The Bum bum.
The new version of The Thing starts out with an homage to that dark, screwed up, utterly simple yet frightening score of Carpenter’s movies. You remember it: bum bum. Bum bum. The sound hammered in the background of Carpenter’s masterpiece at key moments, like a heart beat, pumping it’s last pint of blood. But the new movie quickly abandons that to go with a proper, standard, Hollywood musical score. It’s not a bad score and if I’d never seen the Carpenter version there’d be no reason to suspect that the score could be any better, but I have seen it and I know. This 2011 movie has the kind of score that’s meant to tell you how to feel. Carpenter’s score never told you how to feel, it just kept beating, as if to tell you that somewhere in this movie, someone was still breathing. That bum bum told you movie was still happening and that you should be ready, because there’s no way to know what fucked up direction this thing will go in next. With the new film, you know. You always know where it will go.
Carpenter’s film ends with a question mark. You never really know for sure who’s The Thing and who isn’t. The credits roll and we’re left with two men slowly freezing to death. Either one of them could be The Thing. Maybe they both are. Maybe neither of them is. You don’t know. Bum bum. The new version leaves no such ambiguity. In part this is because it’s a prequel, but in spite of that it does find a way to leave at least one door open. But there’s never any question of who’s the Thing and who isn’t. By the end of the new movie you know who’s who and what’s what and which little doggie is about to run over to the Americans and royally fuck things up. Part of the genius of Carpenter’s movie is that you’re never really sure who’s the Thing and who isn’t at any given minute. The new one tries, but it’s never as ambiguous, and that’s just not as fun.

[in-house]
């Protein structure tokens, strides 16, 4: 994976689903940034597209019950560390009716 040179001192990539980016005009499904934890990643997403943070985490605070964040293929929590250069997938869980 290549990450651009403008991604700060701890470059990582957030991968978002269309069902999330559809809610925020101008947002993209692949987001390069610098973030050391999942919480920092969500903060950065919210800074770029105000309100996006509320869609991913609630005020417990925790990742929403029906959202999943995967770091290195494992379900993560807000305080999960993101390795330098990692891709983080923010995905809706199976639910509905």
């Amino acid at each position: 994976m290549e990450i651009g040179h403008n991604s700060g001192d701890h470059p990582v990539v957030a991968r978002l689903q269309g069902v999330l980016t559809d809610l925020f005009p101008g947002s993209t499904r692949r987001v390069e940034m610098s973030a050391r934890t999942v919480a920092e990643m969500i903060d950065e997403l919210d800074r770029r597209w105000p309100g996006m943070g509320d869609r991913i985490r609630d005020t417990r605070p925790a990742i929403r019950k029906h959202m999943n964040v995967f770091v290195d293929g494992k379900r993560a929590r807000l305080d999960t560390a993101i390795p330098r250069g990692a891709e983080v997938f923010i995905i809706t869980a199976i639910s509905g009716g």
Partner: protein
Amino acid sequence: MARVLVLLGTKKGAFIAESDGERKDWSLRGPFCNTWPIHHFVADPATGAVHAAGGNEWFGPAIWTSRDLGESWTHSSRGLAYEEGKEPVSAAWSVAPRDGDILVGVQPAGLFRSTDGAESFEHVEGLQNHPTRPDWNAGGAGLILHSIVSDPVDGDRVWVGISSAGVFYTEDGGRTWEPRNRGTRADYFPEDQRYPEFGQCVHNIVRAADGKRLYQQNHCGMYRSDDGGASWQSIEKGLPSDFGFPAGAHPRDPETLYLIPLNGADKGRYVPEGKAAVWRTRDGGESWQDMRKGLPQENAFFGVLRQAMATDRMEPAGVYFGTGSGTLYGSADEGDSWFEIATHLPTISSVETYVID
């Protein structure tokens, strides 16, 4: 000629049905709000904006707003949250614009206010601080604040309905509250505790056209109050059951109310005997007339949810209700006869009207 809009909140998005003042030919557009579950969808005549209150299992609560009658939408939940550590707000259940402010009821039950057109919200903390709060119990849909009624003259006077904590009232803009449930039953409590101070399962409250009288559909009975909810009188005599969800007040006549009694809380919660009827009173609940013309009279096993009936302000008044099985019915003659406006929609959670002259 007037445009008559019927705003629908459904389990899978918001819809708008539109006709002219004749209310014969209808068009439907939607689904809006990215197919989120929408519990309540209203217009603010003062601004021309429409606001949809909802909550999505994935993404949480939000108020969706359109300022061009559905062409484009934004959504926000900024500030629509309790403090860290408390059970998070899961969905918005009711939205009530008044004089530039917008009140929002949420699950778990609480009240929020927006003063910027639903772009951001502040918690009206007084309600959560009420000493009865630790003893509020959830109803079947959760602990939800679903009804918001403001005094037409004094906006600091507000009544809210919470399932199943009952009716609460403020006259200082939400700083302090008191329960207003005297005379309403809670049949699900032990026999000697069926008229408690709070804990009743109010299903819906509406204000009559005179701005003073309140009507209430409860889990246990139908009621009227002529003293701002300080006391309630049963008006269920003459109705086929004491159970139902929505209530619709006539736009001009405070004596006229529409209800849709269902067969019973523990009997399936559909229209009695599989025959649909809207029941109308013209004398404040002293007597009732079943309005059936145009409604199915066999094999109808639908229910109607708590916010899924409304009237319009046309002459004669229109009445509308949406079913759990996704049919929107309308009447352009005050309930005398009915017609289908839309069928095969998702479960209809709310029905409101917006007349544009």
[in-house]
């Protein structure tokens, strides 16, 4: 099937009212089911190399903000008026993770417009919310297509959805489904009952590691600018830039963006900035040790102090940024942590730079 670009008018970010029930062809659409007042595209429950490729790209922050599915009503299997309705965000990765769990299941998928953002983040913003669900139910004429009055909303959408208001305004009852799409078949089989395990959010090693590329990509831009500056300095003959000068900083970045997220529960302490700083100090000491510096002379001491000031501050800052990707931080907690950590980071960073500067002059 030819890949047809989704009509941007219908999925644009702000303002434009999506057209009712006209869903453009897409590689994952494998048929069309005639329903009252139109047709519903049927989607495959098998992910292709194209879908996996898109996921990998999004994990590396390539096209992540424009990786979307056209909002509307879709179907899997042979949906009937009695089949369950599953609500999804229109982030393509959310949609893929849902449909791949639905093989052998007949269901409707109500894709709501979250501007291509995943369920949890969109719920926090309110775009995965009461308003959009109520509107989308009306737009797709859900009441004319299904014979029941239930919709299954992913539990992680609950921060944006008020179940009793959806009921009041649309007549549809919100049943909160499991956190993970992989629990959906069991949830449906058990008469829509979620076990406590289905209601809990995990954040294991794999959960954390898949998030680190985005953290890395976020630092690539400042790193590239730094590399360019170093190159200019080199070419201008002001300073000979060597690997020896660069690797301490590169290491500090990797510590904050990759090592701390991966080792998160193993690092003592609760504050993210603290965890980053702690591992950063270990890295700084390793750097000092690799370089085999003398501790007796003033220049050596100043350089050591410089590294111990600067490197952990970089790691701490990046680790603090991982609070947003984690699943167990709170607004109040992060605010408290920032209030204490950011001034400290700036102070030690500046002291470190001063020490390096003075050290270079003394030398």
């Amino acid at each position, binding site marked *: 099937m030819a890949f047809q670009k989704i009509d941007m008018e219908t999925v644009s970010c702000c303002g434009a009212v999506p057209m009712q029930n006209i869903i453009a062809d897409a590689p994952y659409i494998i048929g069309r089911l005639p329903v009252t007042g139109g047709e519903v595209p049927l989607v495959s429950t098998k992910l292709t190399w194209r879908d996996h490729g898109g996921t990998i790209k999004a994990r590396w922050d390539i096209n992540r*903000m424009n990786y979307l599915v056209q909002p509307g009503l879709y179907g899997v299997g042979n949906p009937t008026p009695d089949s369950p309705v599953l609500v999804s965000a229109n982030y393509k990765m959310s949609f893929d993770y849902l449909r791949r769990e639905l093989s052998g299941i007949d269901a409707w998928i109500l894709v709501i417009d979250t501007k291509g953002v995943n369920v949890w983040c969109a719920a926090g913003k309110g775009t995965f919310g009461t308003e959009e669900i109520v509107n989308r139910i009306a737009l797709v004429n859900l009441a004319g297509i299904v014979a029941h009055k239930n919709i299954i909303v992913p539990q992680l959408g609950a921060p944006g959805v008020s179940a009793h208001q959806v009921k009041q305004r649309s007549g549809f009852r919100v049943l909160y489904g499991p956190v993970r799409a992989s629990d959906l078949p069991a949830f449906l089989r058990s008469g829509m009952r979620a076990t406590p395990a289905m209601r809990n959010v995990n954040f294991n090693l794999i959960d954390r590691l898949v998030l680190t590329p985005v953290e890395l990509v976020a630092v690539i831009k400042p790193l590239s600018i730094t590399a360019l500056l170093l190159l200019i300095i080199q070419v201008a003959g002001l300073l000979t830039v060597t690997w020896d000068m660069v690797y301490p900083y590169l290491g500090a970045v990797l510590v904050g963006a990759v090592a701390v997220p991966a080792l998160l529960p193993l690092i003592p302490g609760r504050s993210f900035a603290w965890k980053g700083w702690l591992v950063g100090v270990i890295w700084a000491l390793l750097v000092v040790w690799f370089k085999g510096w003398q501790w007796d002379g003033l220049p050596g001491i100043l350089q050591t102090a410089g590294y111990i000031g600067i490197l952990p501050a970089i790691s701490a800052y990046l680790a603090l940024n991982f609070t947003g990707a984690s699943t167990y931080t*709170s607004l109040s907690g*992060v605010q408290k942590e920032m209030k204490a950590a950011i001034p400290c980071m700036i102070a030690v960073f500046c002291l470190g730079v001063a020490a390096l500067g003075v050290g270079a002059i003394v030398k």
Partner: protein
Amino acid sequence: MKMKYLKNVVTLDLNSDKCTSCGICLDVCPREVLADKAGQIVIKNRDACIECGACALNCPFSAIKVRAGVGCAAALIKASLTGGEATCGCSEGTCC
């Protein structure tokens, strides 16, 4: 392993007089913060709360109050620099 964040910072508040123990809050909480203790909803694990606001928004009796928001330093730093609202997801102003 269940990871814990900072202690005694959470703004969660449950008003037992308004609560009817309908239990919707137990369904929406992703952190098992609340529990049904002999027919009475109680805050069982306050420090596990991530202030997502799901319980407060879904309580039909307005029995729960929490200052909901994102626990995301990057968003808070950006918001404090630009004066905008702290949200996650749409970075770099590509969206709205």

Still, you’ve got to admire the balls of a film willing to go toe to toe with an iconic classic like this, and the truth is that this new Thing is a decent enough piece of horror. If you’re a fan of the 1982 movie, I’d even recommend seeing it, if only for another look at how the background of Carpenter’s story fits together. But that 1982 movie, that was special. Really special. If ever anyone needed evidence that Carpenter’s movie is the definitive take on this story, the only one we’ll ever need, The Thing 2011 provides it.